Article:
Nicola is a legal director based in our Newcastle office. She qualified as a solicitor in 2013 in England and Wales.

Since qualification, Nicola has represented insurers, mutuals, large corporate entities, a number of London Boroughs and individual and company policyholders on a wide range of personal injury claims (RTA, public and employer’s liability) as well as advising on policy coverage and product liability.

Her caseload has consisted of defending claims made against employers, owners and occupiers of premises, serious injuries, fatalities, road traffic accidents and inquests. More recently, Nicola has represented clients in data protection breach claims, human rights claims and discrimination claims under the Equality Act 2010.

Over the years, she has developed a close working relationship with clients. Nicola regularly provides Lawyer Partnering for clients, auditing and training on a variety of subjects. She is uniquely positioned in that she also advises and represents the interests of a particular corporate entity under Scottish law.

She is approachable and flexible, providing commercial, analytical and strategic advise set against a background of corporate and financial considerations that is tailored to the specific demands of each client.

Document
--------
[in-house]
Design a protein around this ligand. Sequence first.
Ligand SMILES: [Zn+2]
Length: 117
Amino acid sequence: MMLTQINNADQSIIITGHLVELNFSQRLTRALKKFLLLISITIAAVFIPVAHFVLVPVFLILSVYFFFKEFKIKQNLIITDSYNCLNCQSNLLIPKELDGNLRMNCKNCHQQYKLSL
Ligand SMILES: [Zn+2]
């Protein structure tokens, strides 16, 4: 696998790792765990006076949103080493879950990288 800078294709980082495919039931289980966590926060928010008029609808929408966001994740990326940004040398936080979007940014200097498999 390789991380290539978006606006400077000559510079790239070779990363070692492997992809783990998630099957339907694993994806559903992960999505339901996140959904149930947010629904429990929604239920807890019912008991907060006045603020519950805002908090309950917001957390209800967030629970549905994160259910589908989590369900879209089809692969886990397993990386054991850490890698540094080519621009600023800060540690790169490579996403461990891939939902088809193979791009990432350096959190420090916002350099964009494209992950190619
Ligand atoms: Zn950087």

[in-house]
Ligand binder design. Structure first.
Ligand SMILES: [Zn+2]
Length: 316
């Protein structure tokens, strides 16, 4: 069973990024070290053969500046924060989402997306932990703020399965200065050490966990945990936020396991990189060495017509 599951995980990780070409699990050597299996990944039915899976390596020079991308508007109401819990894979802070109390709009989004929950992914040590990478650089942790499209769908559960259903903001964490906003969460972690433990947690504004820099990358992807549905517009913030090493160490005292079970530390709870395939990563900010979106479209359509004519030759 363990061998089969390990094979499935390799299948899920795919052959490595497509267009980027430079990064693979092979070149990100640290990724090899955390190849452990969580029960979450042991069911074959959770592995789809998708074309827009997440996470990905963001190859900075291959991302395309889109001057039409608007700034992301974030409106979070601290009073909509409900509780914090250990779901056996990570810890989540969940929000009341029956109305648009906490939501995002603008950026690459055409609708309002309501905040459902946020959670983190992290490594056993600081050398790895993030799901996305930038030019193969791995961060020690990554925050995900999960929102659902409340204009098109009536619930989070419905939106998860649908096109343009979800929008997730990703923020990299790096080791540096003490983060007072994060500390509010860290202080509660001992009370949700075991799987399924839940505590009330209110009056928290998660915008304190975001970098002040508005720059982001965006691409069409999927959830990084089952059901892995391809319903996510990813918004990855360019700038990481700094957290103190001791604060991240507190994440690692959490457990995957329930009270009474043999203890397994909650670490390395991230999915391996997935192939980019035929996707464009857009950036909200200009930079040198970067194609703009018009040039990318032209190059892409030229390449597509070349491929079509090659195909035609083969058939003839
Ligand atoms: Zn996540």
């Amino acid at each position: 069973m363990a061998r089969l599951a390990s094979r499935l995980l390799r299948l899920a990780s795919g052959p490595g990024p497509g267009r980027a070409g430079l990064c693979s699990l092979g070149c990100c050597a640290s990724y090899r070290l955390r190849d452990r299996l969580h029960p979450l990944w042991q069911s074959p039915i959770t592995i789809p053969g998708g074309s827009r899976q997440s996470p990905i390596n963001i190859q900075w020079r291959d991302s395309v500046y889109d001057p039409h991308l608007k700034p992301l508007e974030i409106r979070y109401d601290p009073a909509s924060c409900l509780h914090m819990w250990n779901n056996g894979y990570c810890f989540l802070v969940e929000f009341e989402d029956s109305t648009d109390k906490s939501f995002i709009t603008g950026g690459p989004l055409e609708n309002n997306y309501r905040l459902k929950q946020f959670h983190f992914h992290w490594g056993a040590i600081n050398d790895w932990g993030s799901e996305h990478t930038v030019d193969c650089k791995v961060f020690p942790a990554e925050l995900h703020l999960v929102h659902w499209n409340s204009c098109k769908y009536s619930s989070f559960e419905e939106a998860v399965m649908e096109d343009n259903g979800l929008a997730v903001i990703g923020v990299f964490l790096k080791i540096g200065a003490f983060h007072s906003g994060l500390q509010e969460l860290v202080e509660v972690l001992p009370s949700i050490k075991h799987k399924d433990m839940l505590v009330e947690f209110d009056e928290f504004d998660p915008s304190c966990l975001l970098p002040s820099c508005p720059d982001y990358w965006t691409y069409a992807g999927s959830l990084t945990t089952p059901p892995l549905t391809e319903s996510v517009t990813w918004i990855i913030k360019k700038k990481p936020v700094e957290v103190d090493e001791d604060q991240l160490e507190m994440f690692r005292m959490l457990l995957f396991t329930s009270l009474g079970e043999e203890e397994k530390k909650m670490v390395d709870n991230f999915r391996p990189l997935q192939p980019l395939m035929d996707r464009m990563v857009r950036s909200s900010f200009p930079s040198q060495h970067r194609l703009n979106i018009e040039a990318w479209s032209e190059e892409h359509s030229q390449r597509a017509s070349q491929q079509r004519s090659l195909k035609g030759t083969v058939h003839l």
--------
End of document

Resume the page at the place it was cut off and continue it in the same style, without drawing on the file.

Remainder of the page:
Market recognition

  • Legal 500 – A key lawyer for ‘Insurance – Personal Injury: Defendant’
    Nicola provides “a uniquely personal service to defendant insurers” and is “always prepared to go above and beyond, not simply handling litigated cases, but providing ad-hoc competent advice, training and support."

Work highlights

  • Melanie Stanley v London Borough of Tower Hamlets [2020] EWHC 16222 (QB)
    The Claimant brought a claim for breach of Data Protection Act / GDPR, Misuse of Private Information, Breach of Confidence and Interference with Private and Family Life under Article 8 of the European Convention on Human Rights.
    Judgment was entered after proceedings were served by post 2 days following the commencement of the Covid 19 pandemic lockdown, when the Defendant’s offices were closed and nobody from the Defendant knew that service had been effected.
    The Court granted relief from sanctions and judgment was successfully set aside on the basis that there was a real prospect of successfully defending the claim and tat there was “some other good reason” pursuant to CPR 13.3(1)(b), paying particular attention to paragraph 4 of CPR PD 51ZA.
    Whilst relevant specifically to the service of Court proceedings during the lockdown period, the case places importance on the need for parties to show common sense and reasonableness in the manner and timing of service of proceedings.